Elon Musk is currently in the process of destroying any and all good will generated by Twitter, the website built for people to argue on. Twitter’s European team found that they were left unpaid last week, specifically those in the United Kingdom and Germany, with several people completely left unpaid with no real explanation. Thematically, Musk also demanded a payroll audit to confirm that the people that he was paying at Twitter were “real,” which is one of the more confusing ideas I’ve ever heard of.
Musk’s onerous Twitter deal combined with his general lack of basic common sense has left the company saddled with billions of debt and declining revenue, partly due to advertisers like Apple deciding to cut ties with the company due to the chaos of Musk’s existence. Musk now claims that Apple has threatened to remove Twitter’s app from the app store, but “won’t tell them why,” which makes absolutely no sense and, as with many things with Elon Musk, may just be what he wants to be the truth. Musk also decided the best time to fire more people from Twitter would be the night before Thanksgiving, I assume because they were insufficiently “hardcore.”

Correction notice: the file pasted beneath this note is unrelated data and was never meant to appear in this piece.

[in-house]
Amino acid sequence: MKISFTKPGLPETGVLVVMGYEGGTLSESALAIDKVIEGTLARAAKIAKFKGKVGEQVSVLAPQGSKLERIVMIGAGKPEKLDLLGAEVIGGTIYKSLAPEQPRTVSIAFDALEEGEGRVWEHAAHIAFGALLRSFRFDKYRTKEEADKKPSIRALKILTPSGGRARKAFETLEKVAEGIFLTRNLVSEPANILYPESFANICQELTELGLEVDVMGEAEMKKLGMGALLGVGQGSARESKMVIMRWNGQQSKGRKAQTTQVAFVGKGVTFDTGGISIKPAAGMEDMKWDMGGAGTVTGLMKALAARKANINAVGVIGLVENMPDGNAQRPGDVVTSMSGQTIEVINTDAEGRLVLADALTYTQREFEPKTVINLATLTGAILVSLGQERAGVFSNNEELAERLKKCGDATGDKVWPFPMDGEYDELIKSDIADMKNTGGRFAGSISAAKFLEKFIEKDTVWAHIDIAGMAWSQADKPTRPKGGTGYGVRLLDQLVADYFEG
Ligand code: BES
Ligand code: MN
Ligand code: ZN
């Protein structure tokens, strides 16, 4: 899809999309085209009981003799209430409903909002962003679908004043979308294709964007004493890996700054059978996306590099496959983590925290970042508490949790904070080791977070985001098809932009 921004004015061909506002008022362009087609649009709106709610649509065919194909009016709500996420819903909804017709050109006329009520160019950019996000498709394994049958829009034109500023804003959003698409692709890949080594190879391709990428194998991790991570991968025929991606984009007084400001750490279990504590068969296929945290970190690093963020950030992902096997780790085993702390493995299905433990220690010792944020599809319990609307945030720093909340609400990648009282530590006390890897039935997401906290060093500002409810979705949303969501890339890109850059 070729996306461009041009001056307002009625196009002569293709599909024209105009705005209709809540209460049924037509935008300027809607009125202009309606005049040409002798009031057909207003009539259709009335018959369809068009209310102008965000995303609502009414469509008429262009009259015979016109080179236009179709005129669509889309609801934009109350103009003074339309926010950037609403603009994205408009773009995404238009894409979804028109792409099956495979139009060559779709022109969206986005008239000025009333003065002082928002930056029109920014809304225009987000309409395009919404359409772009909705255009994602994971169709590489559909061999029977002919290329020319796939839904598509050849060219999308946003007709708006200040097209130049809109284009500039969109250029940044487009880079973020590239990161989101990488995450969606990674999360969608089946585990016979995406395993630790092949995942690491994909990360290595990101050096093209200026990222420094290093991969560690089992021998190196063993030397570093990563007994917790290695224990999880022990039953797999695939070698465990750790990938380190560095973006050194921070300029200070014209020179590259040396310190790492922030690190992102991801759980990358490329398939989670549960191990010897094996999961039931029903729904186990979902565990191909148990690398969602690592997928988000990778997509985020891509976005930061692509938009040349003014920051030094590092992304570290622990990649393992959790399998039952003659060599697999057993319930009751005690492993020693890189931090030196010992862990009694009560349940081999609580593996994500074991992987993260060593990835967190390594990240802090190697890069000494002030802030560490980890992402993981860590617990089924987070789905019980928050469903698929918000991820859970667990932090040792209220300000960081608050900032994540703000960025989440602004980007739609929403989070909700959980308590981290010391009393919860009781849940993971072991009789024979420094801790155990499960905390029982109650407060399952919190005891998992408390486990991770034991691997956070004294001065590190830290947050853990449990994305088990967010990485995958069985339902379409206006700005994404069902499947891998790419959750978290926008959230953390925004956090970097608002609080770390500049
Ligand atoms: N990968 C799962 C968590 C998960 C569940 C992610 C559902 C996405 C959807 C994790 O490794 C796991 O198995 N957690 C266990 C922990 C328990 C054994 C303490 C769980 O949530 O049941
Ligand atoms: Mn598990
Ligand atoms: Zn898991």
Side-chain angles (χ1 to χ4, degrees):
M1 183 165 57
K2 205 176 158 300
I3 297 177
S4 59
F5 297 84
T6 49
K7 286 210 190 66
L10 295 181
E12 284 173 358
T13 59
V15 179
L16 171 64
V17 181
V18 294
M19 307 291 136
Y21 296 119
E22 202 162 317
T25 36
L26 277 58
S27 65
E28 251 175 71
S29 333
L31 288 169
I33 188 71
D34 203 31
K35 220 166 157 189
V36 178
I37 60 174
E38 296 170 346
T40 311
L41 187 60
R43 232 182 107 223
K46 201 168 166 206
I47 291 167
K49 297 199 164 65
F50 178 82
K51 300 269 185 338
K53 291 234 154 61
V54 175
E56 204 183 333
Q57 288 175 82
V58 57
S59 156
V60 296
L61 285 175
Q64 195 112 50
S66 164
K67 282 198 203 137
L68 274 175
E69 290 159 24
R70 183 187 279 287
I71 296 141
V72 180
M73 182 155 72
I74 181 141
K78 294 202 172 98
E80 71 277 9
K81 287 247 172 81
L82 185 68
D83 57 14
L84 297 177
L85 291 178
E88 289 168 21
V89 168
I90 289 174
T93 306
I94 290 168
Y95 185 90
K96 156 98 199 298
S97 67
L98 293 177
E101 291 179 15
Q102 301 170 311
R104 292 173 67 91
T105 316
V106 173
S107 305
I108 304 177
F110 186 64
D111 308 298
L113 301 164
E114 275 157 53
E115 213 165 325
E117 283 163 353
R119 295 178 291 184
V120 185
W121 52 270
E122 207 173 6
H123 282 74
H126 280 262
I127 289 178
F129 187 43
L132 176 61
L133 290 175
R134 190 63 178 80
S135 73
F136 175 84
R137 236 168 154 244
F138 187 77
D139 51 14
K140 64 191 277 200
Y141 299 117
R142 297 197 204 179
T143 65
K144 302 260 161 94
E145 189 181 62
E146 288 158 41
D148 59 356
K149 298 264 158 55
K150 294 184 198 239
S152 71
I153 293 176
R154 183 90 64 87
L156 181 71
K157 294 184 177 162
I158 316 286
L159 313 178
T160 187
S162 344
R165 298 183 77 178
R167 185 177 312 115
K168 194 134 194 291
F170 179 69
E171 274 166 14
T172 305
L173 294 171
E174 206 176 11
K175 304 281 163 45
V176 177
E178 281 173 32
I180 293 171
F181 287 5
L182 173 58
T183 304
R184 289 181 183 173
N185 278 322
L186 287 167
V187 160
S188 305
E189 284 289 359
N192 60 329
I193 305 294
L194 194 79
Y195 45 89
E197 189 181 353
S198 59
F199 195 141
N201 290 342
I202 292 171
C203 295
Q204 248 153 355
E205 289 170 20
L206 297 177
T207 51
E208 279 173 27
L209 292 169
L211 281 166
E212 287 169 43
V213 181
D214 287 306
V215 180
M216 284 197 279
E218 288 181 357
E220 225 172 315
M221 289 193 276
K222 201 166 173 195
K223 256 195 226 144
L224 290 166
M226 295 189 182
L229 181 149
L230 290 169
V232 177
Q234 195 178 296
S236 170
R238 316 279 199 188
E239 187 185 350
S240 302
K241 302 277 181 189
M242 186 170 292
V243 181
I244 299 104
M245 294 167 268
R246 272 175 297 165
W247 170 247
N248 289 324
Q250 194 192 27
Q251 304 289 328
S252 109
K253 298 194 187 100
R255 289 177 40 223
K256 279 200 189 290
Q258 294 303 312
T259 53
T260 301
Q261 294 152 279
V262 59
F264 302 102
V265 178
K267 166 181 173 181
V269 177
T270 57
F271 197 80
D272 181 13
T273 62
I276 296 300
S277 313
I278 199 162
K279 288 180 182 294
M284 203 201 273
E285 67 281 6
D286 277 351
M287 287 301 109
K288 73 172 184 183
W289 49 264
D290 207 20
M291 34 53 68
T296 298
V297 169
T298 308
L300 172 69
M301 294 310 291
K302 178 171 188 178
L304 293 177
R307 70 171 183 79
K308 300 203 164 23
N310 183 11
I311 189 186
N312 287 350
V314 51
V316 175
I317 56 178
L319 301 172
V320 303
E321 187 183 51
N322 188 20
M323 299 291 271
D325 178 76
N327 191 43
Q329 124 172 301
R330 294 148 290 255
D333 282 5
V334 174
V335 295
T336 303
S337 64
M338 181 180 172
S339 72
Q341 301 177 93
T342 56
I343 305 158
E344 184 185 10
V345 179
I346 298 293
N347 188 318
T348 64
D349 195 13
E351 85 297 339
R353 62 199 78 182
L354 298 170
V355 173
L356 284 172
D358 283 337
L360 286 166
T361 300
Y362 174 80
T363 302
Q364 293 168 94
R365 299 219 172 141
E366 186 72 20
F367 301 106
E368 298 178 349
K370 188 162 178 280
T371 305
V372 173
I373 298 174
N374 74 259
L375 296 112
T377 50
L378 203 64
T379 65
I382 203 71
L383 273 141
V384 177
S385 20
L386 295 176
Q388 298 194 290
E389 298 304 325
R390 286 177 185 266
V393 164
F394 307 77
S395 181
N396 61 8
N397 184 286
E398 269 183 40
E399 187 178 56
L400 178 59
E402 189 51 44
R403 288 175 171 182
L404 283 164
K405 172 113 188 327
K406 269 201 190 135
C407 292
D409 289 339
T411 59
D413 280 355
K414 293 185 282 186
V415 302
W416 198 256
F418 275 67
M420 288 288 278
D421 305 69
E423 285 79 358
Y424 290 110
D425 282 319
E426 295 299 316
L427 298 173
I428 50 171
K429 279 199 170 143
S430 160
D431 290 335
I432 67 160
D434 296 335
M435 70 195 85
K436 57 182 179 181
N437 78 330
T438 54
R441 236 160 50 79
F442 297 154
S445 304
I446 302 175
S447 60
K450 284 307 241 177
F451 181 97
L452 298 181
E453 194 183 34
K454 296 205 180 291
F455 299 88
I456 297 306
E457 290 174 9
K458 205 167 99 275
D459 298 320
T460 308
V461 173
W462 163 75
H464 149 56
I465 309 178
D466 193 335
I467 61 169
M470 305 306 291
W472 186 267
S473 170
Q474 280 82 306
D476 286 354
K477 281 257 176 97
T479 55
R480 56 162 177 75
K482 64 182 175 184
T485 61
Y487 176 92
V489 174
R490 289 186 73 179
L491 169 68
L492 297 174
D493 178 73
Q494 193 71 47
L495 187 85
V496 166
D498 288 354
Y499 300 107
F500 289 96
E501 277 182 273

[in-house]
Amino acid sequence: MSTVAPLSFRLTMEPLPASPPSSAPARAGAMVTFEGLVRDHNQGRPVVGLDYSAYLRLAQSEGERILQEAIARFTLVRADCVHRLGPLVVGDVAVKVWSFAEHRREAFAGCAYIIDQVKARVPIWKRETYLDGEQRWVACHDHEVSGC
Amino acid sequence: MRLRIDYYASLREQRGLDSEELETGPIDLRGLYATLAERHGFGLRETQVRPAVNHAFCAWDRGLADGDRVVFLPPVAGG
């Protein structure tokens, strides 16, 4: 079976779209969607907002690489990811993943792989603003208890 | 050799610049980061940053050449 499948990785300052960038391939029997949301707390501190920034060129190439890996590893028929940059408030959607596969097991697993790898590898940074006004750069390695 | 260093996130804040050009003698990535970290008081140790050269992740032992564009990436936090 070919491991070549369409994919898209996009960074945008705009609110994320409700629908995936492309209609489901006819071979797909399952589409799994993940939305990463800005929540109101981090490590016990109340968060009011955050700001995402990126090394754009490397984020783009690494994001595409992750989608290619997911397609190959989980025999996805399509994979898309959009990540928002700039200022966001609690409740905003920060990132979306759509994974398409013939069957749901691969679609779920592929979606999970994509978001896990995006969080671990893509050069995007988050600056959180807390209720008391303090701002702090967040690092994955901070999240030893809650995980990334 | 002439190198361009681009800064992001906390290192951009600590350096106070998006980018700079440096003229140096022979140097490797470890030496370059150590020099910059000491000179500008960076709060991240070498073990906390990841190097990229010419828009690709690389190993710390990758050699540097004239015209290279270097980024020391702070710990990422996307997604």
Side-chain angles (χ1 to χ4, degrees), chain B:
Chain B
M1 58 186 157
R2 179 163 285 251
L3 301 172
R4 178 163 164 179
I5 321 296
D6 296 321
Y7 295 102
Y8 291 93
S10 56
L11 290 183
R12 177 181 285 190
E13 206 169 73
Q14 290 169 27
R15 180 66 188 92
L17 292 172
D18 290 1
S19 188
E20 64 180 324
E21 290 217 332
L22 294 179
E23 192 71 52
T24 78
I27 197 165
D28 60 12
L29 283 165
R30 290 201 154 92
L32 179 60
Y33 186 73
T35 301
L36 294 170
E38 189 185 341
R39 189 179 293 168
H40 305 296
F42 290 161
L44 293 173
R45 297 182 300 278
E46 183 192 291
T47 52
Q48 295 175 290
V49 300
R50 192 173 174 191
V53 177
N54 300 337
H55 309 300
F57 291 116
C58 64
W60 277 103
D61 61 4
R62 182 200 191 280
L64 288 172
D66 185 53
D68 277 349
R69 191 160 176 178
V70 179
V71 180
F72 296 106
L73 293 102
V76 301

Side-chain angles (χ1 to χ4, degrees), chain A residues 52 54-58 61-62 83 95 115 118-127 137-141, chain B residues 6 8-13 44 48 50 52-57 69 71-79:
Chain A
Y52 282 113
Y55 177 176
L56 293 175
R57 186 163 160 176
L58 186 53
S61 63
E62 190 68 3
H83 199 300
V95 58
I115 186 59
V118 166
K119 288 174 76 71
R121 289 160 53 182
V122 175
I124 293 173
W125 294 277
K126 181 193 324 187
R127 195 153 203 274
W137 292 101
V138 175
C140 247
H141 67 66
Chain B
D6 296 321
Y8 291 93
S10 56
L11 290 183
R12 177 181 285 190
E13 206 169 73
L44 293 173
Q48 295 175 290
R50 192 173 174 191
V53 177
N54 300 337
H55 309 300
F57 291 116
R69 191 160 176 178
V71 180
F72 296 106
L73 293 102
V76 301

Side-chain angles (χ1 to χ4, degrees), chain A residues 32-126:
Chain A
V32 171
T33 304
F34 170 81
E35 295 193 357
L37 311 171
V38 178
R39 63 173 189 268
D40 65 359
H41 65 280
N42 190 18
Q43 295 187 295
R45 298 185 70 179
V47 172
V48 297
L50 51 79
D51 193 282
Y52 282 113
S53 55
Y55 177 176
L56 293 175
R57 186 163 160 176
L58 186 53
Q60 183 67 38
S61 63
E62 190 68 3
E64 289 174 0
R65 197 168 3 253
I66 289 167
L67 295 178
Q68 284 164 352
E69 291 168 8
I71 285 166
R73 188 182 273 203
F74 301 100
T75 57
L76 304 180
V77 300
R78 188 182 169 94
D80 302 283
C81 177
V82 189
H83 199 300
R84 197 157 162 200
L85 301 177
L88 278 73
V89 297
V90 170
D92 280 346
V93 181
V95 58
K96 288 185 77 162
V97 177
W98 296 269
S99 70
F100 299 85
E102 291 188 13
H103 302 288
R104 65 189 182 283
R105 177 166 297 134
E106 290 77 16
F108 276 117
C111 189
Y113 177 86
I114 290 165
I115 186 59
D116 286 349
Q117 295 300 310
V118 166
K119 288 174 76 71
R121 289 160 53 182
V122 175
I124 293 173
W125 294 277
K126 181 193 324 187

The common thread with all of these situations — other than Elon Musk — is how utterly needless and pointless many of Musk’s actions are. There was no reason for Musk to acquire Twitter — he already has billions of dollars and over a hundred million followers on the platform. There was no reason to do so in a way that saddled him — well, let’s be honest, the company — with $13 billion of debt. There was no reason to fire the entire trust and safety board, and while some may suggest that layoffs were necessary, there was no good reason to lay off 50% of the company, as proven by the fact that Musk had to rehire people. Musk could have done a great deal of good by taking even a few days to take stock of what he’d just purchased, but his needless greed and need for attention meant that he couldn’t help but start reducing numbers without any concern for what those numbers mean.
It would not have been hard to “fix” Twitter, if you believe that Twitter needed fixing. Musk refused due diligence when purchasing the company, which means that there is almost no way that he could have a complete picture of the company’s finances, culture and structure. There was no reason to rush this process — Musk is already wildly rich, and fully capable of raising further capital by selling his Tesla stock — other than for Musk to prove that he’s the…